Certainly, she managed to fire up depressed Democrats in the recent midterm elections. While her unpopular husband was shunned by nervous Democrats, the first lady went on a 15-state blitz to get out the vote.
Even though the Democrats ended up being trounced by the Republicans, who seized control of both houses of Congress, Michelle won high marks for her passion and commitment during the campaign.
She is also a huge fundraising draw and would have the Obama political machine behind her. Back in December 2012 a Public Policy Polling survey put her ahead of Kirk, 51% to 40%.
The Obamas are pouring cold water on the notion of another Senator Obama from Illinois. Yet both of them have been around politics long enough to know that what seems politically impossible one day can still morph into a reality. Becoming the first black president of a still racially troubled nation is proof of that.
Both of the Obamas are young — he’s 53, she’s 50 — and they will hardly be likely to take a back seat in politics in the years ahead. 2016 will be a time of major changes for the family — he will be stepping down as president and daughters Malia and Sasha will be much older. Malia will be on her way to college at 18 and Sasha will be in her last years at high school at 15. So, all in all, perhaps not a bad time for Michelle to ponder her next move.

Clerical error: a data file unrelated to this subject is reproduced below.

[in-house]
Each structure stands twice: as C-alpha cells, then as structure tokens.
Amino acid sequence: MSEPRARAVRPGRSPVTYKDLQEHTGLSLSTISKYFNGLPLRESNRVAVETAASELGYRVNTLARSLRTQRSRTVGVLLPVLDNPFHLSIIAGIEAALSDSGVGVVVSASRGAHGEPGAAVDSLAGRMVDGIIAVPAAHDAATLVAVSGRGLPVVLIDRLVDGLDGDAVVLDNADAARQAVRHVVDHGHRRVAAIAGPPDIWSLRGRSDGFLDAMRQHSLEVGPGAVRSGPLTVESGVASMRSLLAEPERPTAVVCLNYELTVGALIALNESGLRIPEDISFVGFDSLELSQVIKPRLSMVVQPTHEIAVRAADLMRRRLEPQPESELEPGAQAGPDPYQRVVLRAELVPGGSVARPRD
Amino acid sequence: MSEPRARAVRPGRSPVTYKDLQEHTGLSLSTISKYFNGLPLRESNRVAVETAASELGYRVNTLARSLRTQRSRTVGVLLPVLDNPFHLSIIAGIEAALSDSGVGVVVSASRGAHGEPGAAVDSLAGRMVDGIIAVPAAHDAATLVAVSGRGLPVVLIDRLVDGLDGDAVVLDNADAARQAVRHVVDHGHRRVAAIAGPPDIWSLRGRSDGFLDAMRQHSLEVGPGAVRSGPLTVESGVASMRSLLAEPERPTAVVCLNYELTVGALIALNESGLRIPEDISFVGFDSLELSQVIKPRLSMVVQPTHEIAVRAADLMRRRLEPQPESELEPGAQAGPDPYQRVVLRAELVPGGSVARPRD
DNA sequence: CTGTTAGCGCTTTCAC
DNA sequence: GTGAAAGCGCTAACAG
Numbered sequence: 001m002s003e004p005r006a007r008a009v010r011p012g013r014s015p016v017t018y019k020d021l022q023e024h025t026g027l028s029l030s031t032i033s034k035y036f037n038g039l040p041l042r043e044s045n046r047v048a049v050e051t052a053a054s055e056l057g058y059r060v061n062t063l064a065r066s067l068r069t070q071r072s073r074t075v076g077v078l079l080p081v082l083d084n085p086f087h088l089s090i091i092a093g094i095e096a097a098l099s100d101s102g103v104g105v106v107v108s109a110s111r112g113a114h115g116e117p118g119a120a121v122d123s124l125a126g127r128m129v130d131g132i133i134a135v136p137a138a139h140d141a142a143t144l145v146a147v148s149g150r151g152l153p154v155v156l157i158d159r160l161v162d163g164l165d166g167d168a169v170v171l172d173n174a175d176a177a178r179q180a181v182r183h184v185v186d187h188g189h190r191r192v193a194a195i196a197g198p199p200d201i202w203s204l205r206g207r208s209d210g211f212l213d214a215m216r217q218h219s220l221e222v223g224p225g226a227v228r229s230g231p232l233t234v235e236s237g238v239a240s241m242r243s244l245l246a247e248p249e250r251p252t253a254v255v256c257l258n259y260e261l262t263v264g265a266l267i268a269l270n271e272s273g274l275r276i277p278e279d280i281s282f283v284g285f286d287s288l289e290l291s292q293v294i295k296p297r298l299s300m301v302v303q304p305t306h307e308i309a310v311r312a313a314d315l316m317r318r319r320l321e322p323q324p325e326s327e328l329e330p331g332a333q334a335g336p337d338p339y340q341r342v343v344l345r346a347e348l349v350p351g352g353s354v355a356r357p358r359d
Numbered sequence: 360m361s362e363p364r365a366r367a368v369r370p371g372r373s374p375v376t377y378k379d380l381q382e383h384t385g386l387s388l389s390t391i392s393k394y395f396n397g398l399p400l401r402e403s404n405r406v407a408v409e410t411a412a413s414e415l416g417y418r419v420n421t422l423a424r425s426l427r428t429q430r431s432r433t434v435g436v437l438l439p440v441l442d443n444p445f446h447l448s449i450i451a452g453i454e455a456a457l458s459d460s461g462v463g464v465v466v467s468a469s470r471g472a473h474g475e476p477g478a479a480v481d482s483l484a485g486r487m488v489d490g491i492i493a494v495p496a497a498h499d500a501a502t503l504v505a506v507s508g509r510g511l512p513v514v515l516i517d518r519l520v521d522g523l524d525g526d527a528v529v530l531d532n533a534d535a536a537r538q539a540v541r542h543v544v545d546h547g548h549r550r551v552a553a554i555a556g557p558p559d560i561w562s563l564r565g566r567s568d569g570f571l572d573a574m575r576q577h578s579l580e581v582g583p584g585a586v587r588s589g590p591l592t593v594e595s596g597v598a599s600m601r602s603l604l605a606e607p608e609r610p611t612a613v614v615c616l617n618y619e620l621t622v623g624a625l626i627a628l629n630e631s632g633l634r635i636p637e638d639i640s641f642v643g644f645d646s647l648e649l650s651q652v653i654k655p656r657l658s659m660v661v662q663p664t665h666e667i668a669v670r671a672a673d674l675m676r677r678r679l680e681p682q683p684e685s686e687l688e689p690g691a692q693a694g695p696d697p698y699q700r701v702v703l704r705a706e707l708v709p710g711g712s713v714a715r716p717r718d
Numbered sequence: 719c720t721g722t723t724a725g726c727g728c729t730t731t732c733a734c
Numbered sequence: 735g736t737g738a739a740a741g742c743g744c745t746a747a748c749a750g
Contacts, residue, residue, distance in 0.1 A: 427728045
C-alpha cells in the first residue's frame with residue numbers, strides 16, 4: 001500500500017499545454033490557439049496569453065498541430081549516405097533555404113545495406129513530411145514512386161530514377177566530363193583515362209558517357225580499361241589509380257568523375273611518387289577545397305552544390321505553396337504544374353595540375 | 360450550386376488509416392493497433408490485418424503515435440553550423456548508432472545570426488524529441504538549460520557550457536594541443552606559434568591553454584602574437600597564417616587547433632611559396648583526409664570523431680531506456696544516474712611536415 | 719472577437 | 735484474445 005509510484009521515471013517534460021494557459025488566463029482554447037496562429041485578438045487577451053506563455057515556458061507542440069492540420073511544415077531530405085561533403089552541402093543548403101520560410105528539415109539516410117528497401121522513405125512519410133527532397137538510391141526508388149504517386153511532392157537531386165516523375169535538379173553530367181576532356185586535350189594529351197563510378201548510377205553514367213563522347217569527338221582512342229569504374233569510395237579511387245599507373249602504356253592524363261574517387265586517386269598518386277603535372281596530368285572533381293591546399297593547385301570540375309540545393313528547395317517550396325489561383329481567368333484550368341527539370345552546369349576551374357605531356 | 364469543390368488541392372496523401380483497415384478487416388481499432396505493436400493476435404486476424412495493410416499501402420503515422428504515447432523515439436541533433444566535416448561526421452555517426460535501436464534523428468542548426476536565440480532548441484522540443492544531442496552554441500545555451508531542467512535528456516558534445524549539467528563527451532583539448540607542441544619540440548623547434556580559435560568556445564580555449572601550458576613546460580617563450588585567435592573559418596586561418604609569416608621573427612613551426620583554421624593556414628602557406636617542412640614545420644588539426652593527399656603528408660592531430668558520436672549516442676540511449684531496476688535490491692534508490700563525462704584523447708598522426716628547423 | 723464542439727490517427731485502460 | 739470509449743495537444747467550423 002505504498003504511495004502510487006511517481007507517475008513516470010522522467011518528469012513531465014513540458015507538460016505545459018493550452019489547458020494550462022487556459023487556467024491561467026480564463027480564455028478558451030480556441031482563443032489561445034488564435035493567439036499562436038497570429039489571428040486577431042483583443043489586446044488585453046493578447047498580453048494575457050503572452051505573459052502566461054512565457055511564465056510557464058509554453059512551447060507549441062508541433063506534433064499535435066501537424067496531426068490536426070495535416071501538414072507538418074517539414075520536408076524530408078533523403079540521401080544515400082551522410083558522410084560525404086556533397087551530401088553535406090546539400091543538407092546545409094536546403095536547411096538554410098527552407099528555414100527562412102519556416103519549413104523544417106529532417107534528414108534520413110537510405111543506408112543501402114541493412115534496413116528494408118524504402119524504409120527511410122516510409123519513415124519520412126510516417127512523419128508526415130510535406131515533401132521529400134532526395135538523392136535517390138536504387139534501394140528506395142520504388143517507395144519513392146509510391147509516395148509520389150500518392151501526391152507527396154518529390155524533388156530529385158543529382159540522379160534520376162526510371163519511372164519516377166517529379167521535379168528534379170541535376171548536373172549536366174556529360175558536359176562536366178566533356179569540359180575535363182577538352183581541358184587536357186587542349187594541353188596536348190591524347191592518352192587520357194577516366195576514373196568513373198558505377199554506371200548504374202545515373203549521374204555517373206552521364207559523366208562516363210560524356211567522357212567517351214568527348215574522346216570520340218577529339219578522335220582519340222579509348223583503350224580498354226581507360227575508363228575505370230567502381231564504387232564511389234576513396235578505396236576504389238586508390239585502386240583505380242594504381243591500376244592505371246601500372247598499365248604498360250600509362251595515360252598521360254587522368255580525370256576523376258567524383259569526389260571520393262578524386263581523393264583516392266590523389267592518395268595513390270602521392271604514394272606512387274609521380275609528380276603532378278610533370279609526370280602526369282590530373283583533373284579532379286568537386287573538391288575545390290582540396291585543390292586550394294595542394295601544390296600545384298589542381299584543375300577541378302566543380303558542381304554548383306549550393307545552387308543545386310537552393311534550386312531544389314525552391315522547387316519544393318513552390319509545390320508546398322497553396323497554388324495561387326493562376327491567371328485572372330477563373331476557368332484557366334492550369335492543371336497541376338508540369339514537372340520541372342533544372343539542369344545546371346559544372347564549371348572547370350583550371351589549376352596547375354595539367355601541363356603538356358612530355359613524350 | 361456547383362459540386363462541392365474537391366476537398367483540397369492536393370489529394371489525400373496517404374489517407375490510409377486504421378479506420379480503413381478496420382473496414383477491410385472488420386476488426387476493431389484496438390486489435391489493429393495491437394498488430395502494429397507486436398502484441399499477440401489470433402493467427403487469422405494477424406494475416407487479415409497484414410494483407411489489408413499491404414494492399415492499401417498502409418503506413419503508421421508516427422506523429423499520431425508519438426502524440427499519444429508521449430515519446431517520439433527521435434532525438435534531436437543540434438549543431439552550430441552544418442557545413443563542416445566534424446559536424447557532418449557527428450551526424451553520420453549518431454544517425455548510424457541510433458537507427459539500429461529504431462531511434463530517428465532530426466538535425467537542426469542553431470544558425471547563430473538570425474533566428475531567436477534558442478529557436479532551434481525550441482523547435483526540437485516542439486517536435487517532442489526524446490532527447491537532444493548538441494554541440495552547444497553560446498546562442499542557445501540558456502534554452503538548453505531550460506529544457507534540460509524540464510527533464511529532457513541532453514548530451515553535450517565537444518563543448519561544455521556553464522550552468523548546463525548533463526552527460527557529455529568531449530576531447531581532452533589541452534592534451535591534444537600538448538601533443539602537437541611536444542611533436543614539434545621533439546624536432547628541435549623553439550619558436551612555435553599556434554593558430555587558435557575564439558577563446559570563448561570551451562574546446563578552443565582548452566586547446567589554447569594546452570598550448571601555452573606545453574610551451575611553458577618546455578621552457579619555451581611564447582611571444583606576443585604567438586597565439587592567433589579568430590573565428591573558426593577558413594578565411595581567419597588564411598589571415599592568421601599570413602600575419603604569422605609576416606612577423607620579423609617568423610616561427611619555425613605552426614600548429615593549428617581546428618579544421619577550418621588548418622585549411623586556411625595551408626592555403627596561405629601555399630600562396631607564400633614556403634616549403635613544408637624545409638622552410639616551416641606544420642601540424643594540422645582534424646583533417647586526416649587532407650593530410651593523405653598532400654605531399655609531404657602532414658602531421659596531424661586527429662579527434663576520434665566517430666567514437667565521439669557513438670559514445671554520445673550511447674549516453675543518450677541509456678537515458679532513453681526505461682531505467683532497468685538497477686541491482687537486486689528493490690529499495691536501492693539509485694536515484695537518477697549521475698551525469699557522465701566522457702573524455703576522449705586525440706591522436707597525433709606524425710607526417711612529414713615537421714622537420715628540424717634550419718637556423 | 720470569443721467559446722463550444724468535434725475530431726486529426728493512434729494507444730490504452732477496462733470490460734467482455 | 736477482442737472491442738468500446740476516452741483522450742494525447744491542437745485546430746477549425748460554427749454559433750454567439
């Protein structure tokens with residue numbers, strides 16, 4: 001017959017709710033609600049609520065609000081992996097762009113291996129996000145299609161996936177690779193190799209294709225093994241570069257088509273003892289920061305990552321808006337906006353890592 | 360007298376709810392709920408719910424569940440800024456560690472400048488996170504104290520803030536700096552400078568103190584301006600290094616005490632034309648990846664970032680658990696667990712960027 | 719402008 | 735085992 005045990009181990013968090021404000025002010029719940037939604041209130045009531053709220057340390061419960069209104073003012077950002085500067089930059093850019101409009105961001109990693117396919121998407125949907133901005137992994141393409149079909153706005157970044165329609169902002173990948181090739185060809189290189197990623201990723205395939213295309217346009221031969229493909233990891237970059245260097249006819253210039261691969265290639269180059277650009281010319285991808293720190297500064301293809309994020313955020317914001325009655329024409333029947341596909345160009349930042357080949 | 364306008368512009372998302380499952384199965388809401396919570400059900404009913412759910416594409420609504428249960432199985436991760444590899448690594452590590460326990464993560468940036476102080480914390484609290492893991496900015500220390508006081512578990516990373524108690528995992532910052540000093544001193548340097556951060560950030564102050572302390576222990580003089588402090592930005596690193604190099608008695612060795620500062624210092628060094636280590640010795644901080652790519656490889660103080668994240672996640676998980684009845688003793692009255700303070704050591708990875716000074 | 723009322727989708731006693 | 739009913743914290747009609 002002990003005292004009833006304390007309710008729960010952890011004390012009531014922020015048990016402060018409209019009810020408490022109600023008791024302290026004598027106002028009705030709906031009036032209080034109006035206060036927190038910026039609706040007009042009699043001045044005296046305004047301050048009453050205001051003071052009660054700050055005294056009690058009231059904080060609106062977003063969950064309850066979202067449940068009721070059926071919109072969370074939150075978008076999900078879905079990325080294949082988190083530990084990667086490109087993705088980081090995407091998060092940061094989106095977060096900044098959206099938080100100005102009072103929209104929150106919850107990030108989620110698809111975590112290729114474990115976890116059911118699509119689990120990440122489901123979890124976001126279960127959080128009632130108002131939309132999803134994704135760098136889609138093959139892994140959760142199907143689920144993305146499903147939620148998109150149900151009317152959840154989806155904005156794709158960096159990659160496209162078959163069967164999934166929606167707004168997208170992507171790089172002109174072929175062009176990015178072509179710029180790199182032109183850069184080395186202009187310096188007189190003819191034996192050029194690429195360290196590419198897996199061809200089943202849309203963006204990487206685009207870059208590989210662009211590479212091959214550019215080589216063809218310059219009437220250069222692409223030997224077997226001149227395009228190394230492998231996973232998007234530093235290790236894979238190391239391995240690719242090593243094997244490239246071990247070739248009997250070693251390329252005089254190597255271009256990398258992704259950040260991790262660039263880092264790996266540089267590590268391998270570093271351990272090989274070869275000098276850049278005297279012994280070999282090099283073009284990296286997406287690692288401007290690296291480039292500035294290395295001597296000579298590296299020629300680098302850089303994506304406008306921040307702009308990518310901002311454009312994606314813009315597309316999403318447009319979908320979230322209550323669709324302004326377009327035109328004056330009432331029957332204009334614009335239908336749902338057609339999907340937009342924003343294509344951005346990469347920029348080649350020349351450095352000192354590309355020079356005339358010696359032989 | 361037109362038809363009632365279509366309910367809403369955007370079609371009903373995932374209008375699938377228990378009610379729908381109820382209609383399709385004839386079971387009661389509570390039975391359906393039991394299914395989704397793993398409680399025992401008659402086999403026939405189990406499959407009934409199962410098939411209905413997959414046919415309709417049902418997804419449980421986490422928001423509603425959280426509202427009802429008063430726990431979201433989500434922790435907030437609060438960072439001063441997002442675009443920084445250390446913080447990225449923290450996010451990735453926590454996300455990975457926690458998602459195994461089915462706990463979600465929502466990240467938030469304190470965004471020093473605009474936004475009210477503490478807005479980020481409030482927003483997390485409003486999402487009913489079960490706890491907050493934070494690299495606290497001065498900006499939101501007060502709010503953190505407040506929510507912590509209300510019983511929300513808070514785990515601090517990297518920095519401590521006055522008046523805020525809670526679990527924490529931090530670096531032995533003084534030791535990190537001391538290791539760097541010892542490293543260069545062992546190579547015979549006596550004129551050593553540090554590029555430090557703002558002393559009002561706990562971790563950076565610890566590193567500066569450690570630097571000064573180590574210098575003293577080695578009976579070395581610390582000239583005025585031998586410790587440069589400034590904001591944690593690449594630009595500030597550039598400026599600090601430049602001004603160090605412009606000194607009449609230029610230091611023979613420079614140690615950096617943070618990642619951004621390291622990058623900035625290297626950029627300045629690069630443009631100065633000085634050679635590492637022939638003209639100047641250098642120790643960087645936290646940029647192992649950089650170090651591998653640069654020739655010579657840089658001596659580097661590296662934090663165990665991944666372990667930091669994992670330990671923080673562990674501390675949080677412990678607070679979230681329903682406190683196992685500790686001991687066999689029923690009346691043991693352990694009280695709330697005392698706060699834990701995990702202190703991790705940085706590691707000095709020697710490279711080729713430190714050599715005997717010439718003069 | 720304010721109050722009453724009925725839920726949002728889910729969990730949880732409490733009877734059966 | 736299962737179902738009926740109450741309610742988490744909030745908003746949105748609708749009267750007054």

Certainly, if she were to decide to run she would be a formidable candidate. A lawyer and an intellectual powerhouse, she excelled at Princeton and Harvard Law School, where she met her husband whom she married in 1992. She undoubtedly lacks political credentials. But so did another first lady before she went on to become US senator for New York. So there’s a tried and tested template already out there.
Then there is her own personal story, one that would have enormous appeal on the US campaign trail. Her journey from a family history of slavery to the White House in five generations as the descendant of an Irish immigrant slave owner in the South is certainly an extraordinary one.
Now the story could well have another extraordinary chapter.